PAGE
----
Session 2

Peter Johnson and Sue Davenport

Harnessing cultural information for community benefit after native title

This presentation will look at two dimensions of the value and use of native title information in a post-determination world. The first dimension is the collection, organisation, preservation and dissemination of valuable cultural information collected during native title claims. This information has immense personal and social value to Indigenous communities, but only if it is properly organised and made accessible, particularly to assist in the transfer of cultural knowledge to younger generations. This is not a trivial task, and involves substantial challenges.

The second dimension is political and economic. As elders pass away, information collected by anthropologists, including for native title determinations, can be a major source of cultural knowledge. There is increasing evidence that initiatives for economic engagement that are based on cultural values are more likely to succeed in remote communities than are purely mainstream initiatives. In a post native title world, where land tenure provides an unprecedented economic base, this creates a new role for cultural knowledge, as a key asset for social stabilisation, economic development and the emergence of identities rooted in cultural reality but resonant in modern contexts. The speakers will describe the way in which this link between cultural knowledge and social development is having effect in Martu communities.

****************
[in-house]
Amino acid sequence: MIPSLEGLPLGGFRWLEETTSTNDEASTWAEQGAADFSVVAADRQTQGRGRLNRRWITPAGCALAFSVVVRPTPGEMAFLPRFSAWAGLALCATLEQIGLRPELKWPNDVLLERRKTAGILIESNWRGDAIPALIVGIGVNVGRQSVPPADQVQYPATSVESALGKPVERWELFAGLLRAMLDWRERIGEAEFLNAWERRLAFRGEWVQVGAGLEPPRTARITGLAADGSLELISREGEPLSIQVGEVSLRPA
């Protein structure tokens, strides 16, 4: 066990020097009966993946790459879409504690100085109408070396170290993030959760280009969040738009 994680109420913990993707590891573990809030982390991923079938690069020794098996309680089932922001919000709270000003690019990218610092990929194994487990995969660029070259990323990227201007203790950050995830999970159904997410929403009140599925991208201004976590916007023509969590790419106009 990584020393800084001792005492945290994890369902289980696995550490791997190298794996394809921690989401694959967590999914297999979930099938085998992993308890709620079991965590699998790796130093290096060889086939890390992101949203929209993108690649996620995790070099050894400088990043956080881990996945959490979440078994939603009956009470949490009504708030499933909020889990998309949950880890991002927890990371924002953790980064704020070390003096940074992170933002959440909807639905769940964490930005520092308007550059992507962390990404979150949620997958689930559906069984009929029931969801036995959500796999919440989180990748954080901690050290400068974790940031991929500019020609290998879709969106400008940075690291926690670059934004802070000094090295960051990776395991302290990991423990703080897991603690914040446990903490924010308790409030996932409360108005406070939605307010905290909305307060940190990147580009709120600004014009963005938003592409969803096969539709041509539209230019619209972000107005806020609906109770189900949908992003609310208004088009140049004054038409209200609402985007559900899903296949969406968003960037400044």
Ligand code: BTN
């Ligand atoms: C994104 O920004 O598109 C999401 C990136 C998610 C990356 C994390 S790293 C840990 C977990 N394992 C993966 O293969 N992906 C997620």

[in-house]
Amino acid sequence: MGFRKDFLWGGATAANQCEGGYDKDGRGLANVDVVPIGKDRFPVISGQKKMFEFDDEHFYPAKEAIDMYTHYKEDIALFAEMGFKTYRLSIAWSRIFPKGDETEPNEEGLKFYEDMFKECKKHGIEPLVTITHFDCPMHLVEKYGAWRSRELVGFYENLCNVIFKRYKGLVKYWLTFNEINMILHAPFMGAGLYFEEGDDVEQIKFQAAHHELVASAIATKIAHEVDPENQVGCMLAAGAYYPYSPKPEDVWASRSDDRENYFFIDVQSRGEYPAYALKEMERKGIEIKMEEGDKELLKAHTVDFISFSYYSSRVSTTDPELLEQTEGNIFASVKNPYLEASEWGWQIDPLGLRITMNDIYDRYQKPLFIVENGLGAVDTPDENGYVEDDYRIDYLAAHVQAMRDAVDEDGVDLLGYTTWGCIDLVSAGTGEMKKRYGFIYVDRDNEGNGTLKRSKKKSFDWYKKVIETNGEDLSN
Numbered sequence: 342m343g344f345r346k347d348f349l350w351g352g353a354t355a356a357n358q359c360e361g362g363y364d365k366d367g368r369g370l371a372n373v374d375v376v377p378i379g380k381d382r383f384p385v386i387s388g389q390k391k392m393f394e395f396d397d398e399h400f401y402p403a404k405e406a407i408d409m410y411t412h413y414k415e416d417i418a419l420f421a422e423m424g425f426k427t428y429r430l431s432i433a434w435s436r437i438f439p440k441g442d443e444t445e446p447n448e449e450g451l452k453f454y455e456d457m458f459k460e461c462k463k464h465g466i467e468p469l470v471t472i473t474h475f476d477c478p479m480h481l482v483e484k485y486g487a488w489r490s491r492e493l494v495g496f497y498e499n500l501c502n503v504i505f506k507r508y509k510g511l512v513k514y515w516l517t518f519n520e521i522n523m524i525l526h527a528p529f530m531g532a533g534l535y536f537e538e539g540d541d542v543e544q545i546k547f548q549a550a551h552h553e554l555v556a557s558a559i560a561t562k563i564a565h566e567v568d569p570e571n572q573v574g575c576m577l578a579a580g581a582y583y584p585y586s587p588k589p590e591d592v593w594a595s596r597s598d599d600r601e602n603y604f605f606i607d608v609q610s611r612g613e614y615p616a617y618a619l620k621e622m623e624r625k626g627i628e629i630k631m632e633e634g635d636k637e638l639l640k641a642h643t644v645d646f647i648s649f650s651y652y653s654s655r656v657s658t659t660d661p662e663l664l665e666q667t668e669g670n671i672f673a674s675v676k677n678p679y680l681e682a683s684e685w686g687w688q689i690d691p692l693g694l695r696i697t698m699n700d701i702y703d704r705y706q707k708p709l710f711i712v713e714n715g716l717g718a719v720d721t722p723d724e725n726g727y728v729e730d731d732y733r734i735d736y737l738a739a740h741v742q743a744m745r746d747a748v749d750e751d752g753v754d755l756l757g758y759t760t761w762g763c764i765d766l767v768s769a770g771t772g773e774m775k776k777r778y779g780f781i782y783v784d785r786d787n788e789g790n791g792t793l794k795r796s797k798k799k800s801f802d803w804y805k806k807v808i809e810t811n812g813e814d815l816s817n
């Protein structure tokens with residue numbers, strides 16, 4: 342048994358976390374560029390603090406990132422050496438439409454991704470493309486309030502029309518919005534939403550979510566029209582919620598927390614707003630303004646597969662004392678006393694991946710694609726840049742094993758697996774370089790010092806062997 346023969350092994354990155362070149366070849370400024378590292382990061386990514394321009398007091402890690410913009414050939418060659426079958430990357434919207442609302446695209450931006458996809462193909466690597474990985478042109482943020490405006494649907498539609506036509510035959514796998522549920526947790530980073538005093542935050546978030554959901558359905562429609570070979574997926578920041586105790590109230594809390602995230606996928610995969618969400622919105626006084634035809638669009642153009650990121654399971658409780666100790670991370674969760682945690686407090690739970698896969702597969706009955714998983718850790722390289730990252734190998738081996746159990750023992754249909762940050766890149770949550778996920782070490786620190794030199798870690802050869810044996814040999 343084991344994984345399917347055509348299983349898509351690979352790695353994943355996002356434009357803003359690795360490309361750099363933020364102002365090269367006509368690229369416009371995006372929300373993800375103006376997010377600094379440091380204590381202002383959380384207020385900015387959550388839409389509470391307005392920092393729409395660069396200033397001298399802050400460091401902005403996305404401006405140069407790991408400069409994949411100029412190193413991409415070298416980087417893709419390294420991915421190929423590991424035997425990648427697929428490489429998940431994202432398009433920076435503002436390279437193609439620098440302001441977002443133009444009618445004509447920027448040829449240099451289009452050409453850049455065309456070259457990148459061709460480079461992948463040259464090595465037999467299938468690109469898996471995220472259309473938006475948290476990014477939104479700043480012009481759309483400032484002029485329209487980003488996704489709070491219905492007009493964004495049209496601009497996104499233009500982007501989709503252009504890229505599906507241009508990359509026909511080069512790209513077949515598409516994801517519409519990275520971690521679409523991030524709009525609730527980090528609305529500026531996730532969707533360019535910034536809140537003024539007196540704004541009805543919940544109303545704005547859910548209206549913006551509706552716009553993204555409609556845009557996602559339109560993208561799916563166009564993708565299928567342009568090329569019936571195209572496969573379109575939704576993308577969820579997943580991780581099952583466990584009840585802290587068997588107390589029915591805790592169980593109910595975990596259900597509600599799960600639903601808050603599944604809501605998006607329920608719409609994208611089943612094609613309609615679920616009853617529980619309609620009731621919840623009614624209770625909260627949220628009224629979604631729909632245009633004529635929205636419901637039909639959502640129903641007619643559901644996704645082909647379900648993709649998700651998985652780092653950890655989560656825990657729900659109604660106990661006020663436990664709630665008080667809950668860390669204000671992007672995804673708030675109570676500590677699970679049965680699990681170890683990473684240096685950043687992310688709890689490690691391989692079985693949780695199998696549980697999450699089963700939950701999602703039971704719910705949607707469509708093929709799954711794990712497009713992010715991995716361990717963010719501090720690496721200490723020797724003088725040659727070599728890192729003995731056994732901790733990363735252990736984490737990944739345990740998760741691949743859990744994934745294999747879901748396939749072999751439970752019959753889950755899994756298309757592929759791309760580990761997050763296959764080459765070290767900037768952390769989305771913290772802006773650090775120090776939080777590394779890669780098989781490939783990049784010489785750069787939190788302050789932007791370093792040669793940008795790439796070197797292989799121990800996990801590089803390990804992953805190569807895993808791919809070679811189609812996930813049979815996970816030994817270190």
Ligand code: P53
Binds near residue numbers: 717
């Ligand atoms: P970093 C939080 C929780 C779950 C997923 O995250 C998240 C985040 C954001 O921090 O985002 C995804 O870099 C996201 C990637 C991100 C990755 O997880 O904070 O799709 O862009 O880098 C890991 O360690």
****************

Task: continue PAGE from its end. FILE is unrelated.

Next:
Sue Davenport has worked with Martu people since 1987. She is currently the Manager of the Culture and Heritage Program in Kanyirninpa Jukurrpa (KJ), in which role she has primary responsibility for the collection, organisation, preservation and dissemination of cultural information held by KJ. She is a co-author of Cleared Out (2005) and collaborated to produce the associated film Contact (2009).

Peter Johnson is the CEO of Kanyirninpa Jukurrpa and has worked with Martu since 2003. His background prior to that was in the legal and community sectors and in business. With Sue Davenport and others, he has worked successfully to develop an economic base in Martu communities, built on cultural knowledge and skills. Peter co-authored Cleared Out (2005).